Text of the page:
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Third, we can find some means of severing the integrated company from pipeline ownership. This will not only resolve the basic problems of equitable access and effective rate regulation; it would substantially reduce the amount of necessary regulation.
In the end the choices are among private monopoly, massive government regulation, or free enterprise. To permit the continued exercise of private monopoly power under inadequate and ineffective regulation in this vital energy area would be irresponsible. On the other hand imposing the massive regulation necessary to control this power runs counter to all we have learned about regulation over the past decade. Nothing in that experience suggests that such an effort would be successful.
This leaves us with trying to minimize the need for regulation by removing those incentives and opportunities that make such regulation necessary. In our present dilemma, divestiture is by far the least radical solution. It will permit the maximum responsible reliance on the unfettered activity of private business.
PREPARED STATEMENT OF John H. SHENEFIELD
I welcome the opportunity to present the views of the Department of Justice on the subject of divestiture in the oil pipeline industry. My testimony today is consistent with prior statements by Department officials on the competitive problems of vertically-owned and integrated pipelines. One of those statements, the Attorney General's 1976 Deepwater Port report, established the analytical framework that has been followed by the Department since that time. As the Committee may be aware, in the past 2 years, the Antitrust Division's longheld competitive concerns about the petroleum pipeline industry have turned to action on many fronts. Because of the competitive significance of oil pipelines, we have dedicated substantial resources to this area. These efforts have run the gamut from open dialogue with industry representatives to full participation in administrative hearings. In between has come continuous documentary, economic and legal study of the industry, and the communication to others of what we-in what amounts to almost a task force approach—have learned. Those views have principally taken the form of advice to Federal leasing, permitting or licensing authorities, and statements to congressional committees, such as this one, properly concerned with the potential anticompetitive impact of petroleum pipelines.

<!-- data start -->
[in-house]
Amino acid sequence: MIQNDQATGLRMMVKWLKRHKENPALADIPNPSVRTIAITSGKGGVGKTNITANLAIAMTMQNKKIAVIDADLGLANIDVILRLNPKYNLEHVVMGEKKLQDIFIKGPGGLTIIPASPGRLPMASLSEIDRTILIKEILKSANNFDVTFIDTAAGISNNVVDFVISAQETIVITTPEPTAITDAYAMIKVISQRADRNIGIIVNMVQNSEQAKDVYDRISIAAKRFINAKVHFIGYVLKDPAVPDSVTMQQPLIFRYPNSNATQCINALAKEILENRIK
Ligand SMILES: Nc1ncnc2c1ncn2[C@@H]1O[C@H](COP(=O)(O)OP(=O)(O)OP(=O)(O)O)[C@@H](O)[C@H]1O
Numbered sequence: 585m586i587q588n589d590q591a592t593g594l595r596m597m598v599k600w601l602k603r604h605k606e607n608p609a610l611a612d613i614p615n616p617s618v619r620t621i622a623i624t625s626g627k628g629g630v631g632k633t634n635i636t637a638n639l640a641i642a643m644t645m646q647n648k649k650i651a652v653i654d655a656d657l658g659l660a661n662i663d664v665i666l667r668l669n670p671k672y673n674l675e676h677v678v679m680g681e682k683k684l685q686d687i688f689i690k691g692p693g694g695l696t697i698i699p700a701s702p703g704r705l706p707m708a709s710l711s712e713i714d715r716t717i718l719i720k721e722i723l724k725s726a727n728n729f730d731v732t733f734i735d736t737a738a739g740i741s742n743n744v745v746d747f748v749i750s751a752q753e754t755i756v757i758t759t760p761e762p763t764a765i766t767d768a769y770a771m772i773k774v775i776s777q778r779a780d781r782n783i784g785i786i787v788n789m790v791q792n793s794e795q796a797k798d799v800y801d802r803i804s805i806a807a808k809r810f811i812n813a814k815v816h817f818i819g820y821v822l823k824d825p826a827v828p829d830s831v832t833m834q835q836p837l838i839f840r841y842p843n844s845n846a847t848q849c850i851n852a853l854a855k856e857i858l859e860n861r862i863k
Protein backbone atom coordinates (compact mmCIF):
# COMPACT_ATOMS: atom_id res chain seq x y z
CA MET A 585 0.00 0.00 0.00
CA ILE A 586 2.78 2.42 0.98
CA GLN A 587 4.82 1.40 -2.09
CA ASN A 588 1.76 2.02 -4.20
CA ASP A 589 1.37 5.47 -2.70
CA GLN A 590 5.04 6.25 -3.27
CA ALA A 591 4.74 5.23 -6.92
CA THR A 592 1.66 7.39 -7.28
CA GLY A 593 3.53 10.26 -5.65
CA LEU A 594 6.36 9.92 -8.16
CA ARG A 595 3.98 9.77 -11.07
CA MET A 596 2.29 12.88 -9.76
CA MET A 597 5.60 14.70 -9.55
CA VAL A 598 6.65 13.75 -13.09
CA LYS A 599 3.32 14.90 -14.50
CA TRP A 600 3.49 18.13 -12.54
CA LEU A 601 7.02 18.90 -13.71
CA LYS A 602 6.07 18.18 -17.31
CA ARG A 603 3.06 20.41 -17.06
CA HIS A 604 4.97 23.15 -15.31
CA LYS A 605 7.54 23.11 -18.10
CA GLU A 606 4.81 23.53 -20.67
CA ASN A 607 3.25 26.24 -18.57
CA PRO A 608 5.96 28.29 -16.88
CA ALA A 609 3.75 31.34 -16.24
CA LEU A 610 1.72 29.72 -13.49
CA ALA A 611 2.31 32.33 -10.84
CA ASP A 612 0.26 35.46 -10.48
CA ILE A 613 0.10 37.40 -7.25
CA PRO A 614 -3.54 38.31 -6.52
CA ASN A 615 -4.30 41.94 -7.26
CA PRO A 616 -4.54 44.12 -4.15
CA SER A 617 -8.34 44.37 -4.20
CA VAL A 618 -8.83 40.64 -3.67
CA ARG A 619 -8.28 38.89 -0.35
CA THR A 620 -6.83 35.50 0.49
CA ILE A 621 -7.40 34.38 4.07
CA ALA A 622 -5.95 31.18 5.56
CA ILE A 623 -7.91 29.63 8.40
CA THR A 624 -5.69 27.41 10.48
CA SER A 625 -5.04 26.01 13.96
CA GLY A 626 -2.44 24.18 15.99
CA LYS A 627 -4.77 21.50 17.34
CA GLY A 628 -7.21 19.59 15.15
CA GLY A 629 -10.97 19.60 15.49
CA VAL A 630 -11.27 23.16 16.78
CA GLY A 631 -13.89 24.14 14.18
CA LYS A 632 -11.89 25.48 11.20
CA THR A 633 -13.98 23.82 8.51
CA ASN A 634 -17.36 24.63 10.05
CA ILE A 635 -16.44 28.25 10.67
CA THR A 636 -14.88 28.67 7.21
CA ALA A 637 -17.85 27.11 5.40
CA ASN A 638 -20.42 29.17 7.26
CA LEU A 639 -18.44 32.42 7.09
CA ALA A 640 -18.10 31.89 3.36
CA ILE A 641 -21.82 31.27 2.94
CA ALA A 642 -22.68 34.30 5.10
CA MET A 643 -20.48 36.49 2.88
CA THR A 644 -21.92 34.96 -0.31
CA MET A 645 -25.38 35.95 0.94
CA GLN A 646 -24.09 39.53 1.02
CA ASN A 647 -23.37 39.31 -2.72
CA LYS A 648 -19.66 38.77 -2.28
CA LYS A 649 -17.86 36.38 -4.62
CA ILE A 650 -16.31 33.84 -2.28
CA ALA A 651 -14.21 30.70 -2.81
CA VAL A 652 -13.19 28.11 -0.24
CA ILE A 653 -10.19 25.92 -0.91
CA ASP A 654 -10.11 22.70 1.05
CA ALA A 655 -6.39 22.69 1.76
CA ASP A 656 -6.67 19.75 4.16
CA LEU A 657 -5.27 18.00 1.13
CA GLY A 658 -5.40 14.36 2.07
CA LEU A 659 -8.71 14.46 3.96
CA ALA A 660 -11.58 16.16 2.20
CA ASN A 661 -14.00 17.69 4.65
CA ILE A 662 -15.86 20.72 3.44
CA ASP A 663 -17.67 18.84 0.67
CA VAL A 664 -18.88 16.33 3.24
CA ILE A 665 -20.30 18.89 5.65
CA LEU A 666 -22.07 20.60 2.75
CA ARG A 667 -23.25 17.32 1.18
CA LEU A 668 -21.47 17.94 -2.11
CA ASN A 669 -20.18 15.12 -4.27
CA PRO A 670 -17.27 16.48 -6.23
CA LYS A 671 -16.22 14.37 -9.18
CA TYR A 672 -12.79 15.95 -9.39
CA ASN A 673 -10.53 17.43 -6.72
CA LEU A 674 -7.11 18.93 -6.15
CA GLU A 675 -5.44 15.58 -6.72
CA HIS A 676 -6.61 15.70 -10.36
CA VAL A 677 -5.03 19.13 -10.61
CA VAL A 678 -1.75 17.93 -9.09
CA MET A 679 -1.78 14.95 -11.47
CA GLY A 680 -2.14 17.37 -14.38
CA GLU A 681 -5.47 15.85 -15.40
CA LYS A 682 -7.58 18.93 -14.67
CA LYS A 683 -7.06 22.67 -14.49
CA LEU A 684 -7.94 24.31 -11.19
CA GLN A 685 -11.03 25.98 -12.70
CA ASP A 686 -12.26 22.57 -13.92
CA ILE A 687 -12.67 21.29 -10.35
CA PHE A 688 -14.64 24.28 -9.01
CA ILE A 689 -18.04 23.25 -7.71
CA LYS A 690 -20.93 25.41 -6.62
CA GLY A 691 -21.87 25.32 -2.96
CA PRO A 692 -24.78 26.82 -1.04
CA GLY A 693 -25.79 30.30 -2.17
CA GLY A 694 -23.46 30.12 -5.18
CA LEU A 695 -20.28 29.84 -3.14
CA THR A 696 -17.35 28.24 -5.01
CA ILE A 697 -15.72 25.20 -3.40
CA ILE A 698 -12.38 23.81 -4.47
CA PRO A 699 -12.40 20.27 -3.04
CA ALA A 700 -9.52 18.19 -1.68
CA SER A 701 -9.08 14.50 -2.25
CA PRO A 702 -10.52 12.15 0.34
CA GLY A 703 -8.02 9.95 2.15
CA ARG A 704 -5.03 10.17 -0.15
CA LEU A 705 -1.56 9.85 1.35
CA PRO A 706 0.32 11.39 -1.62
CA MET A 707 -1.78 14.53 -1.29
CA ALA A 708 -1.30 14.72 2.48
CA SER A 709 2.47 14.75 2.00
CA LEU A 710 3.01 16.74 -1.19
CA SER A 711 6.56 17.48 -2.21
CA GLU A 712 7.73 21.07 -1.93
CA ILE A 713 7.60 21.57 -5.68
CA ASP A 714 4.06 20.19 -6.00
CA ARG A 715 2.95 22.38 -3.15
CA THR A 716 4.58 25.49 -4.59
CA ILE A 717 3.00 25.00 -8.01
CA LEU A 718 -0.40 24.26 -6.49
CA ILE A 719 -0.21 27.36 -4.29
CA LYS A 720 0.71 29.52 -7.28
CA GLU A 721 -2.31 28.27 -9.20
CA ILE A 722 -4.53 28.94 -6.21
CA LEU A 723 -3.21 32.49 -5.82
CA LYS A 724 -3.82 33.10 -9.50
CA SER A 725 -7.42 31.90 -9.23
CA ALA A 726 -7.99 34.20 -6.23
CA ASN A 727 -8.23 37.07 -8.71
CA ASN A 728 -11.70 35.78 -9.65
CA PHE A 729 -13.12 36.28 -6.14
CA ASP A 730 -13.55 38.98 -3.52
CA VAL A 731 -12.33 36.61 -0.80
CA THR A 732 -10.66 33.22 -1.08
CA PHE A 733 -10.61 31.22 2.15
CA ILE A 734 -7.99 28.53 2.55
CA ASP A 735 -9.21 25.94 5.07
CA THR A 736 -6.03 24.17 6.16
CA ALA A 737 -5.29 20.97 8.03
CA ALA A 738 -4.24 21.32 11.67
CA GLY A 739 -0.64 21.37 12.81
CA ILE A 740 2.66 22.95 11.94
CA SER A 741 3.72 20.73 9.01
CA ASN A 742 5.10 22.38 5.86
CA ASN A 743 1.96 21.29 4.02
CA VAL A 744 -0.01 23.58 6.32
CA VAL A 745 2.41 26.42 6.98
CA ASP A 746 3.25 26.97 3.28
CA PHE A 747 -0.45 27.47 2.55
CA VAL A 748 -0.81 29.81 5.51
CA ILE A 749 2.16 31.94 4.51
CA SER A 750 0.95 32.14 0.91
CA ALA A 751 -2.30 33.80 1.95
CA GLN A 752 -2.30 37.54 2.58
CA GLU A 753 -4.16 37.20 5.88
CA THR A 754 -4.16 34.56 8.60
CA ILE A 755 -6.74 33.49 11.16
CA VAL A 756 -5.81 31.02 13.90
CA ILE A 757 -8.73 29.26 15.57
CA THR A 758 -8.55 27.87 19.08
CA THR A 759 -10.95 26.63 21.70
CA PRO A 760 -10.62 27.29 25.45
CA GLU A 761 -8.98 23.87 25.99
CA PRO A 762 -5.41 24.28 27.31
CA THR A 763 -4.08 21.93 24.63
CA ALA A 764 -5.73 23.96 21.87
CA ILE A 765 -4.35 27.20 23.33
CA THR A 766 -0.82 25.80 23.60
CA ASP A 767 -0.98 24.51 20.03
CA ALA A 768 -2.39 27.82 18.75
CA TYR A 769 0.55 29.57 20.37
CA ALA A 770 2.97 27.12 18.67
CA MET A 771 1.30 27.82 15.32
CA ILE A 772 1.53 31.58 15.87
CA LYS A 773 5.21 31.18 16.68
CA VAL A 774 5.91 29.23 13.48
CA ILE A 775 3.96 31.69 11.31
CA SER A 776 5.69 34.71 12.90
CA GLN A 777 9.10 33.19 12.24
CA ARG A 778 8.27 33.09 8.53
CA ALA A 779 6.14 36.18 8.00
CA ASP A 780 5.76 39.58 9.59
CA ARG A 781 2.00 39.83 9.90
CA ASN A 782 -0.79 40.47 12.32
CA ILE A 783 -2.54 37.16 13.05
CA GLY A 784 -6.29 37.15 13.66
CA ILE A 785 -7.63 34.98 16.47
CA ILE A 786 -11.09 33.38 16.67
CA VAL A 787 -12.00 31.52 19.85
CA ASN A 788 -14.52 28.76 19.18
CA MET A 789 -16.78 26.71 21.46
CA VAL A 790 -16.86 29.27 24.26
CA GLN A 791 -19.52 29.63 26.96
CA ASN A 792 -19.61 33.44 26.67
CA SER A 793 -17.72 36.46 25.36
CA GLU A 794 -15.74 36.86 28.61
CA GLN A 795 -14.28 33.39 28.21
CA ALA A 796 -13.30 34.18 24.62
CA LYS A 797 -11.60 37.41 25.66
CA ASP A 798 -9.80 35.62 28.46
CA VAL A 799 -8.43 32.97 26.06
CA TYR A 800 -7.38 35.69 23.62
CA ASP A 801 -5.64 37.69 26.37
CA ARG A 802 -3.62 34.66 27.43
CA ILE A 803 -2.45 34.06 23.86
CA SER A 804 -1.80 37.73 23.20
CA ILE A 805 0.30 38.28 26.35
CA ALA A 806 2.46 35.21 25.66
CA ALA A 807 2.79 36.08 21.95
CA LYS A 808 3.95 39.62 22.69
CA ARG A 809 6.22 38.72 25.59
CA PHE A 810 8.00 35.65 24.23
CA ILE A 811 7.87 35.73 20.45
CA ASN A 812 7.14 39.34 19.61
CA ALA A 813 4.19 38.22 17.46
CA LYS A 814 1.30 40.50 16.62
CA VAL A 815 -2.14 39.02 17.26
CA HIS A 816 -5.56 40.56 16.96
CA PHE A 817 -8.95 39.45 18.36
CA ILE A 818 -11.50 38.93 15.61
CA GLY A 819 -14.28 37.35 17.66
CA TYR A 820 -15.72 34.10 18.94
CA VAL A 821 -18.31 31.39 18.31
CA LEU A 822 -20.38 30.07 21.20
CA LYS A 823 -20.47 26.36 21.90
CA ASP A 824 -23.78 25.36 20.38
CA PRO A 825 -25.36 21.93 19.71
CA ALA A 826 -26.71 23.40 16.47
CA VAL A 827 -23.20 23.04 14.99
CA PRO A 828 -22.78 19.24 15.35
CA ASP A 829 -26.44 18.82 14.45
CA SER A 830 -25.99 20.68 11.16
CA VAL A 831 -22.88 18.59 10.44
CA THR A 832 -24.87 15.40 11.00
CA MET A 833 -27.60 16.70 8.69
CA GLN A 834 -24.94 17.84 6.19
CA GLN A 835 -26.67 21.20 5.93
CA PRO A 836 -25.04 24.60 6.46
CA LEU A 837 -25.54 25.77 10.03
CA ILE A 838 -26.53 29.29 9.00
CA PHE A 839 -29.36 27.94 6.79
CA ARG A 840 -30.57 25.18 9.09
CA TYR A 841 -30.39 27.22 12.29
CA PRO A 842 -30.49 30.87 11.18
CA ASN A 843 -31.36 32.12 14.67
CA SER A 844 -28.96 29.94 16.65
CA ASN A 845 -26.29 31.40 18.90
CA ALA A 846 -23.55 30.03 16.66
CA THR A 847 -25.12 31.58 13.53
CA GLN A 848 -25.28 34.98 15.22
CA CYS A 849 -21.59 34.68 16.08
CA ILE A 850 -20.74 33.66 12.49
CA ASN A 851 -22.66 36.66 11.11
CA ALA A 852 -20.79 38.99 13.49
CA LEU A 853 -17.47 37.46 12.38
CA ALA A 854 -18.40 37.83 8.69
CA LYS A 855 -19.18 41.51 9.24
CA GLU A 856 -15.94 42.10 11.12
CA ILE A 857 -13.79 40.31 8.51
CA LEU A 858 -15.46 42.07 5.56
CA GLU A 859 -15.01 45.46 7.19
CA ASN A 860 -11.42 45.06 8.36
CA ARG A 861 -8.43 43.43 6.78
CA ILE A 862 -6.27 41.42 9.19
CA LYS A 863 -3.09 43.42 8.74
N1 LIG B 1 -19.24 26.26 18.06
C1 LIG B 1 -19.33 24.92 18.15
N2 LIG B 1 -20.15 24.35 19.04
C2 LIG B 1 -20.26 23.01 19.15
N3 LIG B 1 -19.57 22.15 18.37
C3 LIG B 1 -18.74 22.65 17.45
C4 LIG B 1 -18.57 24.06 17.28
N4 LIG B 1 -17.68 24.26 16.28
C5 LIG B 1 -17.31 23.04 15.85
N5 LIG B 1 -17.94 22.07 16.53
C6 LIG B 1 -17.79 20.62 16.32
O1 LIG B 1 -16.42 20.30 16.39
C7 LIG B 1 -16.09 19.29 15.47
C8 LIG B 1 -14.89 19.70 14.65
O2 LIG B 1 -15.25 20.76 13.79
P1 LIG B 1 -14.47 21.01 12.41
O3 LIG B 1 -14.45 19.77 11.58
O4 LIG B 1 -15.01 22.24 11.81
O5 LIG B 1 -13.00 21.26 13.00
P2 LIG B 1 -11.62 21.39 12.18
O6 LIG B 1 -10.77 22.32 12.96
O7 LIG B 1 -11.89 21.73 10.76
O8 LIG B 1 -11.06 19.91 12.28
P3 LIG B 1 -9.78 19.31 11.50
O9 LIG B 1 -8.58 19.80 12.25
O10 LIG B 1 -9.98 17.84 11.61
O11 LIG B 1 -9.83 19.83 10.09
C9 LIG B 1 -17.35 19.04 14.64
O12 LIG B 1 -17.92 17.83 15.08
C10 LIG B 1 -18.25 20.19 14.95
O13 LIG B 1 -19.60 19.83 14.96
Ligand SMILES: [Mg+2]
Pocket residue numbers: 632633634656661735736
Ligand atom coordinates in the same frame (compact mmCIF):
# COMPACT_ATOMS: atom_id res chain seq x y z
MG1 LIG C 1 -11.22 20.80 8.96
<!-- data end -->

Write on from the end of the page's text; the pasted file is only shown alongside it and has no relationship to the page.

Our efforts have provided us with a unique vantage point from which to observe the relationship of this regulated industry to those Federal agencies that regulate or otherwise have attempted to license or control it. By this process we have been able to test the validity of the economic analysis we developed to explain and predict the market behavior of petroleum pipelines owned and operated by vertically integrated oil companies. My purpose today is to explain in detail how and why these conclusions point strongly toward pipeline divestiture. To put this discussion in the proper framework, I would like to begin with a general overview of the industry.
I. INDUSTRY OVERVIEW
The pipeline industry is, in many respects, invisible. Buried underground, the lines are out of public view and pipeline transportation is hardly a consumer item. This invisibility belies how important petroleum pipelines are in two major sectors of our economy: transportation and energy. I put transportation first because of the little known but surprising fact that oil pipelines regularly account for up to onefourth of all ton-miles of freight shipped in all forms of inter-city freight transportation. But as important as pipelines are as transportation networks, they take on an added significance by virtue of the identity of the sole commodity they carry--petroleum, from un